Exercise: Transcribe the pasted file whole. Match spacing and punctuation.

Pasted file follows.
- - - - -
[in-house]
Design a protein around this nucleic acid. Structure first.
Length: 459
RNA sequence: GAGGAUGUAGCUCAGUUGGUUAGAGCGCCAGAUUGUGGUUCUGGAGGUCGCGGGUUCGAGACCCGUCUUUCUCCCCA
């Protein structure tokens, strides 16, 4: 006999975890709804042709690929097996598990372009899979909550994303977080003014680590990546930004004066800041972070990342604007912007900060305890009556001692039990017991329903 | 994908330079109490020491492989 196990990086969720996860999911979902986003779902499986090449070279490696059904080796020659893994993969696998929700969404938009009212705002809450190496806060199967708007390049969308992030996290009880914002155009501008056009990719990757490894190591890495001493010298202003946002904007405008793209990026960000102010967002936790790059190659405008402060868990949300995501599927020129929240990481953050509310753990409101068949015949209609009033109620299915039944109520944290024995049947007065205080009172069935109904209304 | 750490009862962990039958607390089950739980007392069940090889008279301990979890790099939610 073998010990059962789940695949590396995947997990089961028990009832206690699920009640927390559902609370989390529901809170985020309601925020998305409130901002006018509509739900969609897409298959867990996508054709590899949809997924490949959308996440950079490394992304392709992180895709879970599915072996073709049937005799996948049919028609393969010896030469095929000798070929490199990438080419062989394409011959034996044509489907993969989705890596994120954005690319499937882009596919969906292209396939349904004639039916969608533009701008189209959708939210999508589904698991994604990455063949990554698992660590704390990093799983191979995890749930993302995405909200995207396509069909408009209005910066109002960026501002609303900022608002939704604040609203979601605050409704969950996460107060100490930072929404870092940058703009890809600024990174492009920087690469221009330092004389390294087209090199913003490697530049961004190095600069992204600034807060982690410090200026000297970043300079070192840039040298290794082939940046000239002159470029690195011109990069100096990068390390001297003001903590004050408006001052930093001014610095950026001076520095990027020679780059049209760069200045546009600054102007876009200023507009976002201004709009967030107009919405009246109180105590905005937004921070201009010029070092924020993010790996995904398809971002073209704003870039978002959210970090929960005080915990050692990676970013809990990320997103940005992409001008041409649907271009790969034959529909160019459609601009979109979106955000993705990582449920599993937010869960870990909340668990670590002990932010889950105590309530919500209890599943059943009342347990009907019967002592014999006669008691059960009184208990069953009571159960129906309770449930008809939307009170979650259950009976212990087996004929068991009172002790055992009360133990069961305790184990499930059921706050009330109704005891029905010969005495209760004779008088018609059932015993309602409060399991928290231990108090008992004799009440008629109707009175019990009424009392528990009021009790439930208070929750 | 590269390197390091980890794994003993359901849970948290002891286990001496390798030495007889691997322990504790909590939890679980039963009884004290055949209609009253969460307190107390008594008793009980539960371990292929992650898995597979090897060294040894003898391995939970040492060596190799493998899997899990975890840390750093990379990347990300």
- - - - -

[in-house]
Design a protein around this nucleic acid. Structure first.
Length: 459
RNA sequence: GAGGAUGUAGCUCAGUUGGUUAGAGCGCCAGAUUGUGGUUCUGGAGGUCGCGGGUUCGAGACCCGUCUUUCUCCCCA
């Protein structure tokens, strides 16, 4: 006999975890709804042709690929097996598990372009899979909550994303977080003014680590990546930004004066800041972070990342604007912007900060305890009556001692039990017991329903 | 994908330079109490020491492989 196990990086969720996860999911979902986003779902499986090449070279490696059904080796020659893994993969696998929700969404938009009212705002809450190496806060199967708007390049969308992030996290009880914002155009501008056009990719990757490894190591890495001493010298202003946002904007405008793209990026960000102010967002936790790059190659405008402060868990949300995501599927020129929240990481953050509310753990409101068949015949209609009033109620299915039944109520944290024995049947007065205080009172069935109904209304 | 750490009862962990039958607390089950739980007392069940090889008279301990979890790099939610 073998010990059962789940695949590396995947997990089961028990009832206690699920009640927390559902609370989390529901809170985020309601925020998305409130901002006018509509739900969609897409298959867990996508054709590899949809997924490949959308996440950079490394992304392709992180895709879970599915072996073709049937005799996948049919028609393969010896030469095929000798070929490199990438080419062989394409011959034996044509489907993969989705890596994120954005690319499937882009596919969906292209396939349904004639039916969608533009701008189209959708939210999508589904698991994604990455063949990554698992660590704390990093799983191979995890749930993302995405909200995207396509069909408009209005910066109002960026501002609303900022608002939704604040609203979601605050409704969950996460107060100490930072929404870092940058703009890809600024990174492009920087690469221009330092004389390294087209090199913003490697530049961004190095600069992204600034807060982690410090200026000297970043300079070192840039040298290794082939940046000239002159470029690195011109990069100096990068390390001297003001903590004050408006001052930093001014610095950026001076520095990027020679780059049209760069200045546009600054102007876009200023507009976002201004709009967030107009919405009246109180105590905005937004921070201009010029070092924020993010790996995904398809971002073209704003870039978002959210970090929960005080915990050692990676970013809990990320997103940005992409001008041409649907271009790969034959529909160019459609601009979109979106955000993705990582449920599993937010869960870990909340668990670590002990932010889950105590309530919500209890599943059943009342347990009907019967002592014999006669008691059960009184208990069953009571159960129906309770449930008809939307009170979650259950009976212990087996004929068991009172002790055992009360133990069961305790184990499930059921706050009330109704005891029905010969005495209760004779008088018609059932015993309602409060399991928290231990108090008992004799009440008629109707009175019990009424009392528990009021009790439930208070929750 | 590269390197390091980890794994003993359901849970948290002891286990001496390798030495007889691997322990504790909590939890679980039963009884004290055949209609009253969460307190107390008594008793009980539960371990292929992650898995597979090897060294040894003898391995939970040492060596190799493998899997899990975890840390750093990379990347990300």